07-28-2016, 06:01 AM #15
- Join Date
- Nov 2009
- Post Thanks / WTG / Hug
- Blog Entries
- Rep Power
I always still contributed to the 401K when we had matching. Thats free money. Even if your investments arent paying off. I would suggest you still contribute up to that point of 3% matching even before you drop those of the higher interest loans. Then get rid of those 1st. A lot of us do a modified DR. His set up this way is for those w/o any budget awareness who are going down w/ the CC debt ship.
My "kids" are your age and I always taught them that debt is like maple syrup. Tastes good at first but if you get it all over you things cans get kind of sticky. And then everything becomes about cleaning it off. D.R. also teaches that education is the better of the debt because it is an investment in youself and your future. He also recommends dumping it ASAP.
So yes,that sounds great as a plan. initial $1000. then paying down debt while supporting "4 walls". Then I would target the smaller loans while investing the 3% match. Just keep blasting chips off these things then move to the next,then the next.
W /in the time keep having small amts of fun so that you dont get burnt out. We did free events,dinners at friends-taking turns,investments in state of park passes,ice cream sundae and game nights. What ever will be fun for cheap for a short time as things "loosen up". A change of scenery can do miracles. We used to take stroller walks looking at neighbors house and say what we would do if we owned that house. Just a game but it occupied us freely.
So sounds like your getting some advice and taking it in. I would suggest trying coupons if you dont already. I used to super coupon when the kids were teens and Ds was consuming food like a locust. I dont need to now then hes "left the nest" but we still use oil change one,hair cuts for Dh and supermarket mail to us based on our habits-coupons. W/ consumerism think of it as a tug of war. They want your money,you want their stuff. Win when you can by less impulse buying,shopping the internet to compare and using any discount available incl. things like insisting your food is right at a restaurant,asking for money off on damaged goods,and using the phone for codes w/ the goal of using it for free by using it to get deal and discounts. Mines a cheapy at $34,31 a month (AARP) and I keep in mind thats what I need to "earn" to keep it. So personally I keep store cards for discounts. Kroger alone gets me points for .50 off a gallon of gas. So prob. $10. a month savings for me and the same for DH. We run everything thru the CC paying off balnces 2-3X a month and making around $25. a month in points and credit to pay for stuff we need like groc. (circling back to points that earn points). We get our gas,grac, and meds at Kroger.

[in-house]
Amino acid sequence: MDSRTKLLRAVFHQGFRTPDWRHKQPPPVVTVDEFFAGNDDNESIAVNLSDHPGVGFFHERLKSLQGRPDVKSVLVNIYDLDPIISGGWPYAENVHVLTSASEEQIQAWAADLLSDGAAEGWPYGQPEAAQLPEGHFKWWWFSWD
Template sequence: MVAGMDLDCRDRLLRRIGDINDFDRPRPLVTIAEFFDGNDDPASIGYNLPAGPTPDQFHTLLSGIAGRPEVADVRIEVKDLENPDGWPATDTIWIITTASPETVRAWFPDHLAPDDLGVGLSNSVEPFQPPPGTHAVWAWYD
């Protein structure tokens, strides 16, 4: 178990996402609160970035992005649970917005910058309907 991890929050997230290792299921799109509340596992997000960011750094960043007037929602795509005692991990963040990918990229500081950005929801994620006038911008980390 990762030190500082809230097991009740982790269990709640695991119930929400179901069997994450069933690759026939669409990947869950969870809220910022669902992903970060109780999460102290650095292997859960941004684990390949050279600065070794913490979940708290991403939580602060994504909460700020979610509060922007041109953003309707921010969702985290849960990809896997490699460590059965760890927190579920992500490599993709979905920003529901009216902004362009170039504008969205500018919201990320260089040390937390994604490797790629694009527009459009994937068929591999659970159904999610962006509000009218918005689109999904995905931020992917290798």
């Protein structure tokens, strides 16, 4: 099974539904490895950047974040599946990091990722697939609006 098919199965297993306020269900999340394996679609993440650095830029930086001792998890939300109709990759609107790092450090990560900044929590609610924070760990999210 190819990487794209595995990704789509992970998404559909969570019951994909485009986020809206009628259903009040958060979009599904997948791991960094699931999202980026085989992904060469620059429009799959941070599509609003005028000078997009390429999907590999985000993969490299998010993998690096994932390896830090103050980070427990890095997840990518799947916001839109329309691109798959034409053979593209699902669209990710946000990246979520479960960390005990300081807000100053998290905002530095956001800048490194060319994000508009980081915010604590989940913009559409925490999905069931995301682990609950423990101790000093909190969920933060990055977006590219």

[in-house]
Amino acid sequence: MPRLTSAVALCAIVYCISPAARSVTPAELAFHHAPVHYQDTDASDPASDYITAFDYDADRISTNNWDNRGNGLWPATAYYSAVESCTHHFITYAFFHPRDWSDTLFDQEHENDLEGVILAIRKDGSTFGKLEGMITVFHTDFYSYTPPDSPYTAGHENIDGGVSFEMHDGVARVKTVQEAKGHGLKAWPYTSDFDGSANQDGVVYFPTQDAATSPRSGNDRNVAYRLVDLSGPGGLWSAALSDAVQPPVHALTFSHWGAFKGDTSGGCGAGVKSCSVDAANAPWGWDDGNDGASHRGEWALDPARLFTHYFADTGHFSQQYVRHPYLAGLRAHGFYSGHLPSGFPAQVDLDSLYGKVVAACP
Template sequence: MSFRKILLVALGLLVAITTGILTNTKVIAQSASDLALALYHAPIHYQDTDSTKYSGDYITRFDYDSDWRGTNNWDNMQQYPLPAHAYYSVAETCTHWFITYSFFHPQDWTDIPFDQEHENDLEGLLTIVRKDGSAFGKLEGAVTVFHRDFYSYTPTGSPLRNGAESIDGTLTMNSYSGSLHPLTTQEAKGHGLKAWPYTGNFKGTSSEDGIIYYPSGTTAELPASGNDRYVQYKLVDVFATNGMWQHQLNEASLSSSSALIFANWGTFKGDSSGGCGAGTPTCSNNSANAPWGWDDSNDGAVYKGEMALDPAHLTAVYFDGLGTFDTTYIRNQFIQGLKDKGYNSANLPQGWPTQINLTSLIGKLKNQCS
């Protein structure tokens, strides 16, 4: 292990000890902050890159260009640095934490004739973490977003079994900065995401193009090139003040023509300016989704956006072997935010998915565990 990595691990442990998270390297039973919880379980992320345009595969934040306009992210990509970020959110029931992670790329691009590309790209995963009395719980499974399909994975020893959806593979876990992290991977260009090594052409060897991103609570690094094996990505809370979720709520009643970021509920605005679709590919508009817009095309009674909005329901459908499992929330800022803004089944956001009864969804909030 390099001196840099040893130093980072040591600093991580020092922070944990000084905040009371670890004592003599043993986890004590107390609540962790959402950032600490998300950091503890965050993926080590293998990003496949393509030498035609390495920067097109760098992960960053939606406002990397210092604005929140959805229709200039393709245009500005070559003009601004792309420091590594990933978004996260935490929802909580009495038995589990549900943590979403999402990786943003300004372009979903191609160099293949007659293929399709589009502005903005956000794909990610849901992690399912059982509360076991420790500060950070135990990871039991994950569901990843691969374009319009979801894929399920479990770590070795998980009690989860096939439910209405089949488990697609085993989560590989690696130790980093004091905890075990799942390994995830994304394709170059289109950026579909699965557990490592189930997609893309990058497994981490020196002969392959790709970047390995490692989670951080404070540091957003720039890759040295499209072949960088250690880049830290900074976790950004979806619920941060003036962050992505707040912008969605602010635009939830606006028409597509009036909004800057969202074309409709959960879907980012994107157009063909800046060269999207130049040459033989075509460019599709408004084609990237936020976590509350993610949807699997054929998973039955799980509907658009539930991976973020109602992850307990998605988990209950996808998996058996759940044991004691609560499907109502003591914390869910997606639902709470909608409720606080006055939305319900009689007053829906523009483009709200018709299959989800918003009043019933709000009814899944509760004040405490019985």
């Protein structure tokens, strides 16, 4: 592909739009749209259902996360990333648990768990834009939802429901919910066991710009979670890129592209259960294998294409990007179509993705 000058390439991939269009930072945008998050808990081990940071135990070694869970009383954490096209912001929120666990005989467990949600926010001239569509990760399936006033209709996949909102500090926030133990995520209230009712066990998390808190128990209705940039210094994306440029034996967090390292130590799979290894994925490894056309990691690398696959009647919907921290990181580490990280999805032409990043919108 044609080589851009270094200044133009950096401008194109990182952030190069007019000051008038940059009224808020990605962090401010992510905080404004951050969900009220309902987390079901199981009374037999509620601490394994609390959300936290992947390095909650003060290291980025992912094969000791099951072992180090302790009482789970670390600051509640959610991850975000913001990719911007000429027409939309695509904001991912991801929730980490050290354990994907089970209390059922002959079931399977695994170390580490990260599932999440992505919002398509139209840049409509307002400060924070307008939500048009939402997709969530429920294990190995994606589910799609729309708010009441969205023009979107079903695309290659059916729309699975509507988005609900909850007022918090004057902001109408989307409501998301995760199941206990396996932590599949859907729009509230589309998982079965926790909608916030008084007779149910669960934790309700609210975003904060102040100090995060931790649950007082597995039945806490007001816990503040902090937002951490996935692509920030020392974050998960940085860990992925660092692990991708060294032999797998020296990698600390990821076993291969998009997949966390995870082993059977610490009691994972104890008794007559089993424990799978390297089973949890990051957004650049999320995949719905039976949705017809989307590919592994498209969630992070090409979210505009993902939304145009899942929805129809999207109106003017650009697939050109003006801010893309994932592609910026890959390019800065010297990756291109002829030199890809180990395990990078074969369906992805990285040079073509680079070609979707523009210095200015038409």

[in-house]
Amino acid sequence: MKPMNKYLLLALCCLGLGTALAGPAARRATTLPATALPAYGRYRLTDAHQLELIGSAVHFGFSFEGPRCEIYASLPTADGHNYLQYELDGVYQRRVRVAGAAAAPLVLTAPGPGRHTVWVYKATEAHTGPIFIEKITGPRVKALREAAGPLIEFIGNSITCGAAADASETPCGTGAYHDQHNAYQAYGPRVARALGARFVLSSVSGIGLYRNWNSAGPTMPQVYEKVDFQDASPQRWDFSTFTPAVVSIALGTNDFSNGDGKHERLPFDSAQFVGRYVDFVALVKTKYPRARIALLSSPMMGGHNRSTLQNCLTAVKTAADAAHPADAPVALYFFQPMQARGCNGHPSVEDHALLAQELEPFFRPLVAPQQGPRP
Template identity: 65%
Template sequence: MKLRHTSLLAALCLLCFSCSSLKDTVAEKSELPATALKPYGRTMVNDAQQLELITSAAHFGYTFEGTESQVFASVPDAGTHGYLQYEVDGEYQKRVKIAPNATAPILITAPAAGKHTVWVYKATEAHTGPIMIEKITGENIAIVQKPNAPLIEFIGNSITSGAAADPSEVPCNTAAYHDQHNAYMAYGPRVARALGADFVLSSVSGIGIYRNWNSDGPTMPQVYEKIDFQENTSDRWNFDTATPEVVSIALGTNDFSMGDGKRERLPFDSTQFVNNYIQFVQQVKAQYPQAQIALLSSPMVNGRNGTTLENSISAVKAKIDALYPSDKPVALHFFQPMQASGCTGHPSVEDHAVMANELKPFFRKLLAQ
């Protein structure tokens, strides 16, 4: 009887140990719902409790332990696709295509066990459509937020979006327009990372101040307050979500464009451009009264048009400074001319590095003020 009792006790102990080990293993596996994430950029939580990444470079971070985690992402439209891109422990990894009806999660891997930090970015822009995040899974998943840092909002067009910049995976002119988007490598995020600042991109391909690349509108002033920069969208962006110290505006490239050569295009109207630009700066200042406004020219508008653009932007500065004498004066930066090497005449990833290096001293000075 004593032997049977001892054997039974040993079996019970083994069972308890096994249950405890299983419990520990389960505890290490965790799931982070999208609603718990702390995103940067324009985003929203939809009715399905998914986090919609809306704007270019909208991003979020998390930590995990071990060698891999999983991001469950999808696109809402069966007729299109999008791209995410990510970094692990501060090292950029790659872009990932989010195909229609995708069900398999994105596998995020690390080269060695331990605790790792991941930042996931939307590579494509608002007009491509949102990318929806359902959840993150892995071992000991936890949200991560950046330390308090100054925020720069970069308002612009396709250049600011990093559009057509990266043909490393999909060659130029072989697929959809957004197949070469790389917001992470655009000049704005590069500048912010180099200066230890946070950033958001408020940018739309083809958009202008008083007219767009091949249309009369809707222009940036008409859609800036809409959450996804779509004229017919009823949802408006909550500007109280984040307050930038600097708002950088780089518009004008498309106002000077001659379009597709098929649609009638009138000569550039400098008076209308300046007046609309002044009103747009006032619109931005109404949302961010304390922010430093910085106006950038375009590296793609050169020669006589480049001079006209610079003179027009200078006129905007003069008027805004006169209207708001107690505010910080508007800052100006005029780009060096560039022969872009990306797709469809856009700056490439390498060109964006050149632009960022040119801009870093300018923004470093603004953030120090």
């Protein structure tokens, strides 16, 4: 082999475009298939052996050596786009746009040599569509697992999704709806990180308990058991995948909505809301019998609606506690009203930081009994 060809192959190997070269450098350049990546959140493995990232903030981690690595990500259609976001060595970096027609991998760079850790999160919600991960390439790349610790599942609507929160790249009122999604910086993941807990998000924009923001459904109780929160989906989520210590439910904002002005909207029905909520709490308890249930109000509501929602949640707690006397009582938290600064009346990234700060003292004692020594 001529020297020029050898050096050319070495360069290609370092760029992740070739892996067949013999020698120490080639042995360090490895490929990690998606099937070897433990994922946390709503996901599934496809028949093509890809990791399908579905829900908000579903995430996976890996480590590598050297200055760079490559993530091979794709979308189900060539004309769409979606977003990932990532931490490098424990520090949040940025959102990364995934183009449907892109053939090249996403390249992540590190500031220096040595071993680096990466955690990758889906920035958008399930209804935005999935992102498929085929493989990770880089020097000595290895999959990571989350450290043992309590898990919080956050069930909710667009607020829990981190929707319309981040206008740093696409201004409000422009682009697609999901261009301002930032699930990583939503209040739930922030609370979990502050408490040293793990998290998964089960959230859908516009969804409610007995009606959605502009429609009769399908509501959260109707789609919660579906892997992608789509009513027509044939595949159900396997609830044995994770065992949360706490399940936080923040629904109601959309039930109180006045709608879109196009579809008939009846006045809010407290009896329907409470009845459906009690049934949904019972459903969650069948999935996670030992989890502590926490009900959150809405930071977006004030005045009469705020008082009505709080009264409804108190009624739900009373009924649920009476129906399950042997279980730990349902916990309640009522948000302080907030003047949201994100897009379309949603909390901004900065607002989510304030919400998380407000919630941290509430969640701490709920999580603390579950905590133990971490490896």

Anyway enough gabbing. Good luck and congrats for being mature enough to hand;e debt and not letting it handle you.
By Ashley01 in forum Question and AnswerReplies: 17Last Post: 02-25-2011, 08:23 AM
By StanleyJohnson in forum Dave RamseyReplies: 5Last Post: 08-26-2010, 08:51 PM
By tbs727 in forum Dave RamseyReplies: 30Last Post: 05-20-2010, 03:21 PM
By Wendy99 in forum Question and AnswerReplies: 5Last Post: 05-24-2008, 05:59 PM
By ironmaiden in forum Frugal LivingReplies: 26Last Post: 04-20-2008, 08:54 PM